It would be like watch­ing a vet­eran squad mem­ber fall to Sec­toid fire in a game of XCOM 2 – the loss not only of a ca­pa­ble com­rade, but of a char­ac­ter whose story you’d de­vel­oped over time. And imag­ine the grudge you’d nurse against his killer – how far you’d be pre­pared to go to lodge a blade in his belly. That, in a nut­shell, is the prom­ise of Shadow Of War.

“I think we’ve al­ways thought of the Neme­sis Sys­tem as a vil­lain cre­ator,” de Plater ex­plains.

“If an orc drops some­thing epic, there are chal­lenges that un­lock spe­cial traits”

“You’re cre­at­ing your own unique, per­sonal su­pervil­lain – scarred by his en­coun­ters with you, and re­mem­ber­ing that with a per­sonal grudge against you. And then if you take that idea that we want to cre­ate vil­lains, one of the most iconic and ar­che­typal el­e­ments of a vil­lain is he’s go­ing to have his lair and he’s go­ing to have his goons and he’s go­ing to have his fol­low­ers and so on.”

That de­sire to ren­der the lair of a su­pervil­lain is one of the key in­spi­ra­tions be­hind Shadow Of War’s fort sieges, which see the player lead armies of loyal Uruks against Sau­ron’s citadels across Mor­dor. Each of these cas­tles is over­seen by a deadly new class of Uruk warrior – an over­lord – and these fear­some lead­ers an­swer di­rectly to the Dark Lord and his Nazgûl. To take a fort for your­self, you’ll have to breach the fort’s walls, kill its cap­tains, and fight your way to the keep for one fi­nal show­down. In our demon­stra­tion, this cli­mac­tic en­counter saw Talion go­ing toe-to-toe with a py­ro­ma­niac War Troll, dodg­ing fire traps and swarm­ing goons in this cus­tomised arena.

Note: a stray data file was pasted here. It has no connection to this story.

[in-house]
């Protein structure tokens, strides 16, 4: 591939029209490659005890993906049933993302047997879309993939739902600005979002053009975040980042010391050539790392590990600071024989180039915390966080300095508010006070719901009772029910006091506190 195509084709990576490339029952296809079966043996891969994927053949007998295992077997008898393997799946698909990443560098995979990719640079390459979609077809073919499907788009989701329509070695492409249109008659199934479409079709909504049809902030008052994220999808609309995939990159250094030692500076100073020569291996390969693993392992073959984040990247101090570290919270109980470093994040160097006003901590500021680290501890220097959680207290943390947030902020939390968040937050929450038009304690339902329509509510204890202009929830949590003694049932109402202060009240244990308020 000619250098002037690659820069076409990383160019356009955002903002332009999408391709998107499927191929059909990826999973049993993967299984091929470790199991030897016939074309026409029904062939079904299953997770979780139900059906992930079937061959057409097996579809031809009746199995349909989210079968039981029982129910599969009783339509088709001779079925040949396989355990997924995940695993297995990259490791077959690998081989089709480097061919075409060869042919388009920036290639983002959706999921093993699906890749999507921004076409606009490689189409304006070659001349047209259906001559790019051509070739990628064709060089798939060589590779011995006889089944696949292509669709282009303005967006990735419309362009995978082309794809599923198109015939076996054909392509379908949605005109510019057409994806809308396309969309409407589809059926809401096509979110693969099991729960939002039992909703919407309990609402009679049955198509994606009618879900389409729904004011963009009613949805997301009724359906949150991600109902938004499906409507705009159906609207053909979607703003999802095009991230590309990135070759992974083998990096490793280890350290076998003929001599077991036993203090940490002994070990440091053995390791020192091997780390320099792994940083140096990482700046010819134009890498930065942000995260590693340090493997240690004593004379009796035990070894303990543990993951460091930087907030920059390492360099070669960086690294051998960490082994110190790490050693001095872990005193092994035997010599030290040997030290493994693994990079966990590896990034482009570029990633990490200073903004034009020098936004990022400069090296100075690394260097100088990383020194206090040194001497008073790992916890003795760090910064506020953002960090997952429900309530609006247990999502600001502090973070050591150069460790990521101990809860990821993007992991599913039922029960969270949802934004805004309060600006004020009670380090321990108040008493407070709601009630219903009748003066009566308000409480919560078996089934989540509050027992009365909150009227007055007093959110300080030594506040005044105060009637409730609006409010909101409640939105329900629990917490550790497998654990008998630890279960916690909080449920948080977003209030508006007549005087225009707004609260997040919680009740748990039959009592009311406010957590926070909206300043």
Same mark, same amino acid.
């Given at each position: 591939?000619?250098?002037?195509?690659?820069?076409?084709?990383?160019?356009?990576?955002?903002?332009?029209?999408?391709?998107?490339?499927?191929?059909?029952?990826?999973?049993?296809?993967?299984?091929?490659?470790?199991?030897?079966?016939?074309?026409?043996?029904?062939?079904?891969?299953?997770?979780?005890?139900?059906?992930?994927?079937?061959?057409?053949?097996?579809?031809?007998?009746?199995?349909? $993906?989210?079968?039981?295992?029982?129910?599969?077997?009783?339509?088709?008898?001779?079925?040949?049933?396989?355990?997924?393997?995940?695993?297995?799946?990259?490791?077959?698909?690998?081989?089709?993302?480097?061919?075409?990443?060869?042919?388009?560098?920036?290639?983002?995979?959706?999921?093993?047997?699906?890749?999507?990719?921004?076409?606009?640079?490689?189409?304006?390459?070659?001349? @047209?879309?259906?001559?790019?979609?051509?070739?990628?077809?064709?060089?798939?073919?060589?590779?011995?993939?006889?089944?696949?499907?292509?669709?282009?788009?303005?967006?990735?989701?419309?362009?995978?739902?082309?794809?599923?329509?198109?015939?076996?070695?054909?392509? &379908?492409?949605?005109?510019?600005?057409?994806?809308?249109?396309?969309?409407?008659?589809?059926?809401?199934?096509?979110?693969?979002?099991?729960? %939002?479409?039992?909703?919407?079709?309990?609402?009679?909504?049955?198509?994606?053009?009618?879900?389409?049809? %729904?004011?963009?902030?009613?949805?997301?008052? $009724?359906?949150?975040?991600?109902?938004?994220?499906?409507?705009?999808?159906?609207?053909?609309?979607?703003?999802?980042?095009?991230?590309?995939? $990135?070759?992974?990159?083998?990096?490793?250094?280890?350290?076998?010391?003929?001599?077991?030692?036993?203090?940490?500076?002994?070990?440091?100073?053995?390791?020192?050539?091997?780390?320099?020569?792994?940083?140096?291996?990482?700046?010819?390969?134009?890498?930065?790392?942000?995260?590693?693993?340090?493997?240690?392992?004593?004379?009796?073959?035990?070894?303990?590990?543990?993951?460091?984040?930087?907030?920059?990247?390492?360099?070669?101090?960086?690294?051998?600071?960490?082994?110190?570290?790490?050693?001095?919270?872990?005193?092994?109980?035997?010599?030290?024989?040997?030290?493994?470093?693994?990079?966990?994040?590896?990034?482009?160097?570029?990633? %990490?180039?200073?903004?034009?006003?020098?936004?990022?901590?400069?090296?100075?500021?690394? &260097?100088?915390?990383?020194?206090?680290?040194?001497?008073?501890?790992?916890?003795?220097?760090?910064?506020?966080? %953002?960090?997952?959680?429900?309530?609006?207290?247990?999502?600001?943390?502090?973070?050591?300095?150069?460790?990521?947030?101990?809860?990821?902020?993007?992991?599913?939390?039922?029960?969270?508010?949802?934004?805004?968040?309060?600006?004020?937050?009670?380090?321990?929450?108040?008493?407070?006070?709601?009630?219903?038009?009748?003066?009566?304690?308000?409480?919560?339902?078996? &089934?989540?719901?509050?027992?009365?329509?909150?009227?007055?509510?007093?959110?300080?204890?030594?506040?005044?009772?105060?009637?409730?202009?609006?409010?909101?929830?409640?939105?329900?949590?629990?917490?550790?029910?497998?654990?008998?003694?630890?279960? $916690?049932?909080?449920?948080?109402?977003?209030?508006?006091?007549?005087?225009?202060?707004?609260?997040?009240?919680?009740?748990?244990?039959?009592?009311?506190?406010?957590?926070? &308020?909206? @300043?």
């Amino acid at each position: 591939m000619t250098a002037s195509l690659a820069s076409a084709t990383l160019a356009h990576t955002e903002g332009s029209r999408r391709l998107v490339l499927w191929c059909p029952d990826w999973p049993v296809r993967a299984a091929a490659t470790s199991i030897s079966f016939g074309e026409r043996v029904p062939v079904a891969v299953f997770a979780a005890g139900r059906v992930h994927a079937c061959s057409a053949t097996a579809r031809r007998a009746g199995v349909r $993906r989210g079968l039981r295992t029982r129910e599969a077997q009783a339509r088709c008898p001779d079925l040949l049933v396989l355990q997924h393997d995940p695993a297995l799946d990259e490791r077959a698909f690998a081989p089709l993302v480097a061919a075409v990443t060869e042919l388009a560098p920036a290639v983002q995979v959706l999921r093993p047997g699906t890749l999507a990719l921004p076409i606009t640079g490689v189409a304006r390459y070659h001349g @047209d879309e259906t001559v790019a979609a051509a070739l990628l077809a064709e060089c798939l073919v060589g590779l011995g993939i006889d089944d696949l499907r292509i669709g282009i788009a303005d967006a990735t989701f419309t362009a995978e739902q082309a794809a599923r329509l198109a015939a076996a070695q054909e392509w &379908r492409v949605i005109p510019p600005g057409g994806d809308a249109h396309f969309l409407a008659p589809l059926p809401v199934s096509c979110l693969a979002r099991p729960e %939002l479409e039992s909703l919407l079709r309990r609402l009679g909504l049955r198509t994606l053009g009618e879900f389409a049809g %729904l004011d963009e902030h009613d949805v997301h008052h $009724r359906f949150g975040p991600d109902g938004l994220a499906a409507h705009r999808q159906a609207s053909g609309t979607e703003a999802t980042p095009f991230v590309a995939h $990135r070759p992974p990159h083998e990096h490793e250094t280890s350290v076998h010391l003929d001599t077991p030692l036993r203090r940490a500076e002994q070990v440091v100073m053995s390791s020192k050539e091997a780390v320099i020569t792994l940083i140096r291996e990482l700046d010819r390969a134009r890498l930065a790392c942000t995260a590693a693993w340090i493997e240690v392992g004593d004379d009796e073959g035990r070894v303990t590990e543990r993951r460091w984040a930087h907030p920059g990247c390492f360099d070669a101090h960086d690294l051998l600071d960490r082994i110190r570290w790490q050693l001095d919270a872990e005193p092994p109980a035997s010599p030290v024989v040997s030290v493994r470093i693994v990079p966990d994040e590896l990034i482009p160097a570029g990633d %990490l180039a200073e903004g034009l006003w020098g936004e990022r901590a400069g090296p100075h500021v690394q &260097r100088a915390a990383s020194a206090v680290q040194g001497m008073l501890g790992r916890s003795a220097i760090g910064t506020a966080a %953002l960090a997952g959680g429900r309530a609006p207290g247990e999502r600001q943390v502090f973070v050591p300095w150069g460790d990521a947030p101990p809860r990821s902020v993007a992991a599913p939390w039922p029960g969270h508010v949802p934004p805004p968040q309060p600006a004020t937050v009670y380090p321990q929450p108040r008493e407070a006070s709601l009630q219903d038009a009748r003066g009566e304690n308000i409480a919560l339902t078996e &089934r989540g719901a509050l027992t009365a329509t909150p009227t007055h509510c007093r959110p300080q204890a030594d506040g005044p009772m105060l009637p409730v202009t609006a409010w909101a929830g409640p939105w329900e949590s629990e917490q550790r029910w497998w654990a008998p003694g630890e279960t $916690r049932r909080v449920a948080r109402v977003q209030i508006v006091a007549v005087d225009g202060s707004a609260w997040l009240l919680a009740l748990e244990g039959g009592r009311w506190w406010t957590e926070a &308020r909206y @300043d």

In any other ti­tle, the en­counter might have made for a pass­able fi­nal boss bat­tle, but Shadow Of War is an ac­tion-ad­ven­ture game on a mas­sive scale, with ev­ery region of Mor­dor of­fer­ing its own sprawl­ing sand­box and its own malef­i­cent fort to con­quer. And these en­hance­ments are by no means the only changes to the tem­plate es­tab­lished in Shadow Of Mor­dor, with a greater em­pha­sis on loot and gear one of sev­eral ways that Mono­lith hopes to catch the at­ten­tion of play­ers for the long haul.